Den Dunnen, JT, Kraayenbrink, T, Van Schooneveld, M, Van Vosse, ED, De Jong, PTVM, Ten Brink, JB, Schuurman, E, Tijmes, N, Van Ommen, GJB, Bergen, AAB, Andolfi, G, Montini, E, Li, Y, Oudet, C, Bolz, H, Kaplan, J, Orth, U, Gal, A, Hanauer, A, Bardelli, AM, Ayuso, C, Bitoun, P, Ventruto, V, Dallapiccola, B, Ballabio, A, Franco, B, Hiriyanna, KT, Bingham, EL, McHenry, C, Pawar, H, Coats, C, Darga, T, Richards, JE, Sieving, PA, Huopaniemi, L, Rantala, A, Rosenberg, T, Dahl, N, Wright, A, De La Chapelle, A, Alitalo, T, Lenzner, S, Brunner, B, Feil, S, Niesler, B, Schulz, U, Pinckers, A, Blankennagel, A, Ruether, K, Kellner, U, Rappold, G, Ropers, HH, Kalscheuer, V, Berger, W, Trump, D, Walpole, SM, Nicolaou, A, Gaythor, SA, Pimenides, D, George, NDL, Moore, AT & Yates, JRW 1998, 'Functional implications of the spectrum of mutations found in 234 cases with X-linked juvenile retinoschisis (XLRS)', Human Molecular Genetics, vol. 7, no. 7, pp. 1185-1192. https://doi.org/10.1093/hmg/7.7.1185
Den Dunnen JT, Kraayenbrink T, Van Schooneveld M, Van Vosse ED, De Jong PTVM, Ten Brink JB et al. Functional implications of the spectrum of mutations found in 234 cases with X-linked juvenile retinoschisis (XLRS). Human Molecular Genetics. 1998 Jul;7(7):1185-1192. https://doi.org/10.1093/hmg/7.7.1185
Den Dunnen, Johan T. ; Kraayenbrink, Thirsa ; Van Schooneveld, Mary ; Van Vosse, Esther De ; De Jong, Paulus T V M ; Ten Brink, Jacoline B. ; Schuurman, Ellen ; Tijmes, Nel ; Van Ommen, Gen Jan B ; Bergen, Arthur A B ; Andolfi, Grazia ; Montini, Eugenio ; Li, Yün ; Oudet, Claudine ; Bolz, Hanno ; Kaplan, Josselyne ; Orth, Ulrike ; Gal, Andreas ; Hanauer, Andre ; Bardelli, Anna Maria ; Ayuso, Carmen ; Bitoun, Pierre ; Ventruto, Valerio ; Dallapiccola, Bruno ; Ballabio, Andrea ; Franco, Brunella ; Hiriyanna, K. T. ; Bingham, Eve L. ; McHenry, Christina ; Pawar, Hemant ; Coats, Caraline ; Darga, Thomas ; Richards, Julia E. ; Sieving, Paul A. ; Huopaniemi, Laura ; Rantala, Anne ; Rosenberg, Thomas ; Dahl, Niklas ; Wright, Alan ; De La Chapelle, Albert ; Alitalo, Tiina ; Lenzner, Steffen ; Brunner, Bodo ; Feil, Silke ; Niesler, Beate ; Schulz, Ute ; Pinckers, Alfred ; Blankennagel, Anita ; Ruether, Klaus ; Kellner, Ulrich ; Rappold, Gudrun ; Ropers, H. Hilger ; Kalscheuer, Vera ; Berger, Wolfgang ; Trump, Dorothy ; Walpole, Susannah M. ; Nicolaou, Alexia ; Gaythor, Simon A. ; Pimenides, Dimitris ; George, Nick D L ; Moore, Anthony T. ; Yates, John R W. / Functional implications of the spectrum of mutations found in 234 cases with X-linked juvenile retinoschisis (XLRS). In: Human Molecular Genetics. 1998 ; Vol. 7, No. 7. pp. 1185-1192.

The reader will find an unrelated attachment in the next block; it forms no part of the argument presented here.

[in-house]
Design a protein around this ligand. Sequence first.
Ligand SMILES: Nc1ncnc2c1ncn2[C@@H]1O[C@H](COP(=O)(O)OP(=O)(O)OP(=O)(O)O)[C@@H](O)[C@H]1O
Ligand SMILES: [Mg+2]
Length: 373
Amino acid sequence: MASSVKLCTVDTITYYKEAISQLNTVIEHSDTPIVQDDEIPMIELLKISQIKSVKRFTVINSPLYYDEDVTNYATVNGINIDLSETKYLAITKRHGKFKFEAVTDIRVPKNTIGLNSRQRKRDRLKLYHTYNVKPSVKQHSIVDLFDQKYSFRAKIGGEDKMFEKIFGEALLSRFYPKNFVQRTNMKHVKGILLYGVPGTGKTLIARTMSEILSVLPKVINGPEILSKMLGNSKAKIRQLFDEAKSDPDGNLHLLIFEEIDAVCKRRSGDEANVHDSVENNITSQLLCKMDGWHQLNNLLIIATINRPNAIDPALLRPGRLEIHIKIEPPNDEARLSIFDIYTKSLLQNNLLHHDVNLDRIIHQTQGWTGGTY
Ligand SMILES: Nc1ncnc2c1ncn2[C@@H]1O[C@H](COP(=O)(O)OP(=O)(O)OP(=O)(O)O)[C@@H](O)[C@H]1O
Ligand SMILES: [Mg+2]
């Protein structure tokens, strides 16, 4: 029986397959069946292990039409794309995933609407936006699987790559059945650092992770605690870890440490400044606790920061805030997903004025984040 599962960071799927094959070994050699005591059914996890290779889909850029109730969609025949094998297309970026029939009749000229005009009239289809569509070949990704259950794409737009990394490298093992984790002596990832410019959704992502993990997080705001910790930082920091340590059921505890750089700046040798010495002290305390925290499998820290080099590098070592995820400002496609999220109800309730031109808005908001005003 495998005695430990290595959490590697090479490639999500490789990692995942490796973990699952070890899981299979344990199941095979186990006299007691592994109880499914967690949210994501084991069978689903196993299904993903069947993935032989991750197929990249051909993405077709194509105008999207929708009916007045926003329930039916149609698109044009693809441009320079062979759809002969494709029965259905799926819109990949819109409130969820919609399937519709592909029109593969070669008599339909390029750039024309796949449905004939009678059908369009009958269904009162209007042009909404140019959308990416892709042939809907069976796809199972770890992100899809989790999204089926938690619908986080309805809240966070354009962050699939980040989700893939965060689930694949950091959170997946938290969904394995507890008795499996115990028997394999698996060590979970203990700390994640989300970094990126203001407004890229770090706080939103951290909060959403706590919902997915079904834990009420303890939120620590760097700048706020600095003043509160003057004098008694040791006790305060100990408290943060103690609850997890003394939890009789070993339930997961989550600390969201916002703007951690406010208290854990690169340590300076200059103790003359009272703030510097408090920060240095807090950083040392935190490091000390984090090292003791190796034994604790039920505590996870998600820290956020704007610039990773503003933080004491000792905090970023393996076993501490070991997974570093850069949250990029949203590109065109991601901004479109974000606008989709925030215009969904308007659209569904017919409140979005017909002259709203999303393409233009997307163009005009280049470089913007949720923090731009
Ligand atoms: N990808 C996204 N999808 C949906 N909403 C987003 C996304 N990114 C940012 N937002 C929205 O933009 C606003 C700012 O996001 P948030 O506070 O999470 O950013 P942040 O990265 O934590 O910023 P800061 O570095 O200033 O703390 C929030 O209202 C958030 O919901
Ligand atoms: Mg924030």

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abstract = "X-linked retinoschisis (XLRS) is the most common cause of juvenile macular degeneration in males, resulting in vision loss early in life. The gene involved in XLRS was identified recently. It encodes a protein with a disoidin domain, suggested to be involved in cell-cell interactions. We have screened the gene for mutations in 234 familial and sporadic retinoschisis cases and identified 82 different mutations in 214 (91{\%}). Thirty one mutations were found more than once, i.e. 2-10 times, with the exception of the 214G→A mutation which was found in 34 apparently unrelated cases. The origin of the patients, the linkage data and the site of the mutations (mainly CG dinucleotides) indicate that most recurrent mutations had independent origins and thus suggest the existence of a significant new mutation rate in XLRS1. The mutations identified cover the entire spectrum, from small intra-genic deletions (7{\%}), to nonsense (6{\%}), missense (75{\%}), small frameshifting insertions/deletions (6{\%}) and splice site mutations (6{\%}). Since, regardless of the mutation type, no females with a typical RS phenotype were identified, RS seems to be caused by loss-of-function mutations only. Mutations occurred non-randomly, with hotspots at several CG dinudeotides and a C6 stretch. Exons 1-3 contained few, mainly translation-truncating mutations, arguing against an important functional role for this segment of the protein. Exons 4-6, encoding the discoidin domain, contained most, mainly missense mutations. An alignment of 32 discoidin domain proteins was constructed to reveal the consensus sequence and to deduce the functional importance of the missense mutations identified. The mutation analysis revealed a high preponderance of mutations involving or creating cysteine residues, pointing to sites important for the tertiary folding and/or protein function, and highlights several amino acids which may be involved in XLRS1-specific protein-protein interactions. Despite the enormous mutation heterogeneity, patients have relatively uniform clinical manifestations although with great intra-familial variation in age at onset and progression.",
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TY - JOUR

T1 - Functional implications of the spectrum of mutations found in 234 cases with X-linked juvenile retinoschisis (XLRS)

AU - Den Dunnen, Johan T.

AU - Kraayenbrink, Thirsa

AU - Van Schooneveld, Mary

AU - Van Vosse, Esther De

AU - De Jong, Paulus T V M

AU - Ten Brink, Jacoline B.

AU - Schuurman, Ellen

AU - Tijmes, Nel

AU - Van Ommen, Gen Jan B

AU - Bergen, Arthur A B

AU - Andolfi, Grazia

AU - Montini, Eugenio

AU - Li, Yün

AU - Oudet, Claudine

AU - Bolz, Hanno